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PD Editorial: Keeping green space around communities

Beginning in the 1990s, voters in each of Sonoma County’s nine cities enacted urban growth boundaries as a shield against urban sprawl.

To ensure that development in unincorporated areas of the county didn’t encroach on the cities, voters also endorsed community separators.

These greenbelts, farms and large residential properties are scenic buffers along the busy Highway 101 and Highway 12 corridors that enable each community to retain a distinct identity.

Or, to put it less charitably, sparing Sonoma County from the fate of Santa Clara County.

Over the past year, county planners revisited the separators, recommending additions and subtractions that could add 45,000 acres, much of it already zoned for limited development, to the 17,000 acres now designated as community separators.

Their proposal goes to the Board of Supervisors on July 19, and if it’s approved, voters will be asked to fortify it in November by requiring an election to ratify any future contraction.

Sonoma County voters twice backed community separator measures by huge margins in the late 1990s.

You can gauge the results in the open space surrounding local communities.

Sonoma County, which adopted a philosophy of city-centered growth a generation ago, has largely spared itself from the kind of uncontrolled sprawl that swallows communities in waves of subdivisions and shopping centers, while fueling traffic congestion, air pollution and energy consumption.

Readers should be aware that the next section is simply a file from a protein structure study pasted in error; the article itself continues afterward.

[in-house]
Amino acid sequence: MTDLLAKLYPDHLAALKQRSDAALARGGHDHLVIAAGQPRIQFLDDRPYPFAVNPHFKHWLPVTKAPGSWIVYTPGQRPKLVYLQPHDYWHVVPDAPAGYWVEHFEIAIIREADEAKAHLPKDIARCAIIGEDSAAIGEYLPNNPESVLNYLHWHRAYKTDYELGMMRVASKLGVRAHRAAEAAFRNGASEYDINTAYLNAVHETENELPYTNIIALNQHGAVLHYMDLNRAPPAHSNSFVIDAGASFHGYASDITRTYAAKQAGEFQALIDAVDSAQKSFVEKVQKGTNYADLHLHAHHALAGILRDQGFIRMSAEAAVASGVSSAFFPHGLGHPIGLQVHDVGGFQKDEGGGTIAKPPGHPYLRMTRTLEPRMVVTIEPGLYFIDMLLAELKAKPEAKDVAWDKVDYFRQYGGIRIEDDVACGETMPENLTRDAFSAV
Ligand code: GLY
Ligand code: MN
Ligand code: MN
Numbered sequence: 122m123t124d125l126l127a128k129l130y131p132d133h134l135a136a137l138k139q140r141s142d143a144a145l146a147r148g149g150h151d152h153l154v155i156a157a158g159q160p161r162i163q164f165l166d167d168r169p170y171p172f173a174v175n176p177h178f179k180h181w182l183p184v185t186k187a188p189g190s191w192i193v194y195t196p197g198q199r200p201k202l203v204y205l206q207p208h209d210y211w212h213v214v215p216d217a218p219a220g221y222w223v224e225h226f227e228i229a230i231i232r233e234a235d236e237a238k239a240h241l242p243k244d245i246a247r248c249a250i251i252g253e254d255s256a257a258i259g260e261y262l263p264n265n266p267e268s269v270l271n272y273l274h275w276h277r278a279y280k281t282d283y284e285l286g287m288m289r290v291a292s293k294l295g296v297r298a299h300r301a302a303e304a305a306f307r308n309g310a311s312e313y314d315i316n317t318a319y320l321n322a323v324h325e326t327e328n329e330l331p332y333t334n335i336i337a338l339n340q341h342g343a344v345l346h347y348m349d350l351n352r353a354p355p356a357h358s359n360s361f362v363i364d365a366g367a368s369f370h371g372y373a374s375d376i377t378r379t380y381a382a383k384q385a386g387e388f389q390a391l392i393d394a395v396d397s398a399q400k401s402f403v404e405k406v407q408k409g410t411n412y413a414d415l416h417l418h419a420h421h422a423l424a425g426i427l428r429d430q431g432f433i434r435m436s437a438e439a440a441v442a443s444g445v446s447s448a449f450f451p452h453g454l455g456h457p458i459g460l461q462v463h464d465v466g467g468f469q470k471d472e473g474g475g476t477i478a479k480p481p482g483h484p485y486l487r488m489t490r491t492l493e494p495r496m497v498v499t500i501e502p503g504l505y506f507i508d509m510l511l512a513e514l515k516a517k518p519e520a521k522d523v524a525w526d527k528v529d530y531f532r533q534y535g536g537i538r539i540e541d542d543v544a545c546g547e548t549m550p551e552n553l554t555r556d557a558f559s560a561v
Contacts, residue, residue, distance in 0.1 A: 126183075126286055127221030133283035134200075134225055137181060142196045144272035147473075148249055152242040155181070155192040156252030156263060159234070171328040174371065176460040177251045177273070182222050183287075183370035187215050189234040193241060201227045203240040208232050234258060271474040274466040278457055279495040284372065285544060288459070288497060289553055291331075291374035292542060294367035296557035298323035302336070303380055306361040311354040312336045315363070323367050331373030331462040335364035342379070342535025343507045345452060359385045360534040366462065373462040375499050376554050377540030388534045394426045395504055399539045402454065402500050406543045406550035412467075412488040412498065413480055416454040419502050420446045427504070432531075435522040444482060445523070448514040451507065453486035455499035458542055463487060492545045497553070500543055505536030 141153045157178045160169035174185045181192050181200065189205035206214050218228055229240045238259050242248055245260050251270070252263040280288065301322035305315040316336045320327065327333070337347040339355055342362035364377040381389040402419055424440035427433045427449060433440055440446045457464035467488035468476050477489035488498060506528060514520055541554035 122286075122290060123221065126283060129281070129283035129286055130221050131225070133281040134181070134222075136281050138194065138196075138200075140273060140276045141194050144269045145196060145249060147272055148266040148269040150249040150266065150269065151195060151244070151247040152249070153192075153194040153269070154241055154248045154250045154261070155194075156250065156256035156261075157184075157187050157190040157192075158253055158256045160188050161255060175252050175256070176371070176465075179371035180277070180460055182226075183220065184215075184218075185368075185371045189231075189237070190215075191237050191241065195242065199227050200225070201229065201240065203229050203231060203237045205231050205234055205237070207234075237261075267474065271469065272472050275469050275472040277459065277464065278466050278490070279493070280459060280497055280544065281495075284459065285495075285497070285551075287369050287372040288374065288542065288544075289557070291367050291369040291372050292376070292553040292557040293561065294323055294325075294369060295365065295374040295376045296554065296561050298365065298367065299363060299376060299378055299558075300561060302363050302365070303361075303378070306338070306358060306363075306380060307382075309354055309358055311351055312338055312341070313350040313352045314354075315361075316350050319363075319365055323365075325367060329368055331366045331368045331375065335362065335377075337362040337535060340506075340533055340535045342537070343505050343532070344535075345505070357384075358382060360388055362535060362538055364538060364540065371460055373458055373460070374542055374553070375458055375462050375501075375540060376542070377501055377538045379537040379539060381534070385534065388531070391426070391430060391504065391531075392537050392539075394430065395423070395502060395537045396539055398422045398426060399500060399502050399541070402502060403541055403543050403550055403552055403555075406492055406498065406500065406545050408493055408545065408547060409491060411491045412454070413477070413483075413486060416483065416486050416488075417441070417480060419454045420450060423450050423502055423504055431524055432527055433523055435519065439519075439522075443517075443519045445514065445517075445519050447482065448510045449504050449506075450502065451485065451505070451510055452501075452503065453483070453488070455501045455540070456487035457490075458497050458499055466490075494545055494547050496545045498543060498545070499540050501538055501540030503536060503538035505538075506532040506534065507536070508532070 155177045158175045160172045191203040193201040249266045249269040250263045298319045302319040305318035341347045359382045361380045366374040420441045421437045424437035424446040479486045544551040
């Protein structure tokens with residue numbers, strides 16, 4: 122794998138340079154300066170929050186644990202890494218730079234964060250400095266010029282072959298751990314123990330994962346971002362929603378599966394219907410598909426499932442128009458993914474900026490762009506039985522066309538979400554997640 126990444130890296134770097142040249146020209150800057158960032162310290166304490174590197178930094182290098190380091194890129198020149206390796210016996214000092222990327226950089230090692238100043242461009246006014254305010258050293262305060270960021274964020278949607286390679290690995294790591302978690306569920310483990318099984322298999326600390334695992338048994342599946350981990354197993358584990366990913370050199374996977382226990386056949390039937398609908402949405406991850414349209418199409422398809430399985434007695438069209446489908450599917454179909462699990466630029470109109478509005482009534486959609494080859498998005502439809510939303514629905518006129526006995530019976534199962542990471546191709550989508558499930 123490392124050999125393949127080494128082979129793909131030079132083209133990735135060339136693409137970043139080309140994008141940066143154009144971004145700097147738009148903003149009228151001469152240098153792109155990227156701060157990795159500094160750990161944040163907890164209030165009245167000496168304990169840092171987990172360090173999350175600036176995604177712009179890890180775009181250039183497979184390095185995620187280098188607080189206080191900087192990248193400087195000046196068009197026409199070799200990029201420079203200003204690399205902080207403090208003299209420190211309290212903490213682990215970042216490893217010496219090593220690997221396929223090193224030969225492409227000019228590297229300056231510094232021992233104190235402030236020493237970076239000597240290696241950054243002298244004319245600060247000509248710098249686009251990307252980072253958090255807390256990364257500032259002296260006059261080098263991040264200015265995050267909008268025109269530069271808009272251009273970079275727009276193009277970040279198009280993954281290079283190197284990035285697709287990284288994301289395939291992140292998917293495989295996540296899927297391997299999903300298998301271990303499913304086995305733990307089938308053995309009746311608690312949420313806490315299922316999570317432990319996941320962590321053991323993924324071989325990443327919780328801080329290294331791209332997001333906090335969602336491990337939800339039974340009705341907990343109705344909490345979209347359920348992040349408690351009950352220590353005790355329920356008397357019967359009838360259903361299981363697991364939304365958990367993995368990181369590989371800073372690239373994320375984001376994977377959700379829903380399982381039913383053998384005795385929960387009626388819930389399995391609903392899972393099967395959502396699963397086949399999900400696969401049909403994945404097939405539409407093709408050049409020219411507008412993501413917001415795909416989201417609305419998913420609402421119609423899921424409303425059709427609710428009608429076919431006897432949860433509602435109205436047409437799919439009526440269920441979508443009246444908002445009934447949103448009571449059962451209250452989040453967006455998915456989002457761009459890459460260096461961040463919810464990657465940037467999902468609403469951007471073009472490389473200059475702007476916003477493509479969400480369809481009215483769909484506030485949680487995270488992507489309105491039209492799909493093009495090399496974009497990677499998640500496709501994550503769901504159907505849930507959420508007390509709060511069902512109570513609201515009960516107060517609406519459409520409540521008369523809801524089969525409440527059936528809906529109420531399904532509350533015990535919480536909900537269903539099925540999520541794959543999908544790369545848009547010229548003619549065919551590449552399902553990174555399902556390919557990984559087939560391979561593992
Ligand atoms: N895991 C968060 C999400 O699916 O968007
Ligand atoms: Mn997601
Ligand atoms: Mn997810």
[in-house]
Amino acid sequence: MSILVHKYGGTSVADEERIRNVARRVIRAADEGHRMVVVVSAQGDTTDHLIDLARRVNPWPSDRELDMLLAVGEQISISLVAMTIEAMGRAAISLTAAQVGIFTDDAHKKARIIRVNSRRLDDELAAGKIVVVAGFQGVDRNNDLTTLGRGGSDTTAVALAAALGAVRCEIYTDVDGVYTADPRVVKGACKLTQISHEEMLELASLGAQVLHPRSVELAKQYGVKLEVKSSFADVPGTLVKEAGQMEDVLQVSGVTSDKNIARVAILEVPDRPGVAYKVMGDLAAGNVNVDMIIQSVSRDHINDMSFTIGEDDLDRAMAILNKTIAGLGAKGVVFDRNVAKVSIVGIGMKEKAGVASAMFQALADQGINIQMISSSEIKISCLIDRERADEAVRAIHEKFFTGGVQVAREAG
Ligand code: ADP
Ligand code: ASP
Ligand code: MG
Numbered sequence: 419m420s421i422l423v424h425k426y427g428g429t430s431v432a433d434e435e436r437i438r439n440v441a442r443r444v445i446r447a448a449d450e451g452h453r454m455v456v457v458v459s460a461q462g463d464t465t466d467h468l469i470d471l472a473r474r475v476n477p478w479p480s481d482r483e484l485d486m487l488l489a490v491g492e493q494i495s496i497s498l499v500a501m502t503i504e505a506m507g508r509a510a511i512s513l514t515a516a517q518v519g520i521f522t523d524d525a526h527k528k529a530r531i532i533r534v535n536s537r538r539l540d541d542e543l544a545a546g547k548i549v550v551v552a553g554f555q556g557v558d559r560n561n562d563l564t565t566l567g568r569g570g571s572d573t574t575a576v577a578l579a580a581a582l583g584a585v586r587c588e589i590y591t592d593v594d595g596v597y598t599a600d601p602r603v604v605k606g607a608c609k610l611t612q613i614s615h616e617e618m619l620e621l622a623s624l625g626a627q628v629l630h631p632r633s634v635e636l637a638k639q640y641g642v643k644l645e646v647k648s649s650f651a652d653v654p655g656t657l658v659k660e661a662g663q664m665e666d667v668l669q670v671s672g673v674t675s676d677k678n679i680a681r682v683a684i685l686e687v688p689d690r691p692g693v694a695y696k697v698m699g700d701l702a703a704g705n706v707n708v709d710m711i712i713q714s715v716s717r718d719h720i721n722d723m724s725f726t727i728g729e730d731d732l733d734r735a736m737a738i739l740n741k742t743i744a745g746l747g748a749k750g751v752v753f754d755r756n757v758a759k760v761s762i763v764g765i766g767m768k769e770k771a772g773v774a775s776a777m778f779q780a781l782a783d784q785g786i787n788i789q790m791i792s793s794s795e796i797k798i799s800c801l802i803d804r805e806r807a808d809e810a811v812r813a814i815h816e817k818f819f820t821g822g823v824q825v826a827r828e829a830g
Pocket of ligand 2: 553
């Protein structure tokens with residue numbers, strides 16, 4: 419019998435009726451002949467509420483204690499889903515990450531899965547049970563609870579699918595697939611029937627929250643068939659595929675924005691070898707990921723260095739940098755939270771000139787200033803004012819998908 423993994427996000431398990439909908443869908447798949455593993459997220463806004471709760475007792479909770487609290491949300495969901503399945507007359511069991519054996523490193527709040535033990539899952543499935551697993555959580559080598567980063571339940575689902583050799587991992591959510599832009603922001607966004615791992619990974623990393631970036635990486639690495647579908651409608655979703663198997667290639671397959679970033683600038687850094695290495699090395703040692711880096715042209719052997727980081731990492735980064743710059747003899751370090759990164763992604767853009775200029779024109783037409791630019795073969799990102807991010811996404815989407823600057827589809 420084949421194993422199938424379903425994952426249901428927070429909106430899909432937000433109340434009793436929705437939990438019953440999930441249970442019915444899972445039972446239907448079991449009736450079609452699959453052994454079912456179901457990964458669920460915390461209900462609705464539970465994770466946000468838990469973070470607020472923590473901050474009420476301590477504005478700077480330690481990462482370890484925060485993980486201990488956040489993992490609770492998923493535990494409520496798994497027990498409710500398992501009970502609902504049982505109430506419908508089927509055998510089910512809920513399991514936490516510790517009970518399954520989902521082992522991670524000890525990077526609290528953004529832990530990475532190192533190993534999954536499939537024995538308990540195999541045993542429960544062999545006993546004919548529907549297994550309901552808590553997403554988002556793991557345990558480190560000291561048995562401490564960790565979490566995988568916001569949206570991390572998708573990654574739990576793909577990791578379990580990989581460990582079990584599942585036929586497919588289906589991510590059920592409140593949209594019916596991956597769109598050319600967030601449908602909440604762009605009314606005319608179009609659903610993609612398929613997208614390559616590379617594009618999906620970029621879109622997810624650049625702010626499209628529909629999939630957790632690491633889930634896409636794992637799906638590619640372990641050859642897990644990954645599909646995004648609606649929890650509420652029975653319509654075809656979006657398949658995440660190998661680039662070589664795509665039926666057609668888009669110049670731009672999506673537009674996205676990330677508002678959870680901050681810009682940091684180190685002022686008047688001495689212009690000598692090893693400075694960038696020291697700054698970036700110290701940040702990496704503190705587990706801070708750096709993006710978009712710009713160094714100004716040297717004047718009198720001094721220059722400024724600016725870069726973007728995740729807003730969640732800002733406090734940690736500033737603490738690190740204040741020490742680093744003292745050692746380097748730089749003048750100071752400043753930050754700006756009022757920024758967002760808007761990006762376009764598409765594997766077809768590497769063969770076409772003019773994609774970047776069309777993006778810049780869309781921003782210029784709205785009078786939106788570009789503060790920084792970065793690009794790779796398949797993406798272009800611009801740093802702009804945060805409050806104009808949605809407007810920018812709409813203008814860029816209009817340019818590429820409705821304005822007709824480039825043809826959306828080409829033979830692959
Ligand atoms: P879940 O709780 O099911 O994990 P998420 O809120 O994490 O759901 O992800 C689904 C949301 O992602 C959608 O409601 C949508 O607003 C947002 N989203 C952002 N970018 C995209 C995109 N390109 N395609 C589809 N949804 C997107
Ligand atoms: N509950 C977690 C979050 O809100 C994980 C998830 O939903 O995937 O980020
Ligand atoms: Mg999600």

The case for renewing the community separator protections is strong.

Still, the supervisors should give careful scrutiny to such a large expansion. The existing mix of urban growth boundaries and community separators has served the county well, but there are opportunity costs to placing restrictions on the use of privately owned land.

Sonoma County, like much of the state, is experiencing an acute shortage of affordable housing and coping with the human misery that comes with homelessness. Tightening restrictions on land use could push housing costs even higher.

In addition, much of the work on the proposed expansions was completed before the U.S. Fish and Wildlife Service said that 15,000 acres in the Santa Rosa Plain should be set aside over 50 years as habitat for California tiger salamanders and three wildflowers, Sonoma sunshine, Sebastopol meadow foam and Burke’s goldfields - all endangered species that rely on seasonal wetlands for survival.

Are there opportunities to combine habitat protection and greenbelts that should be explored?

Teri Shore, the regional director for Greenbelt Alliance, a leading supporter of the expansion plan, points out that more than 10,000 units of new housing have been approved but have yet to be built in unincorporated Sonoma County and the nine cities.

Their construction isn’t dependent on the outcome of the community separator vote.

But some of the proposed additions would push the boundaries farther from major thoroughfares and city limits. Some affected property owners have raised concerns, and the supervisors should consider their objections before making a final decision.

You can see maps of the proposed separators at www.sonoma-county.org/prmd/docs/community_separators/index.htm

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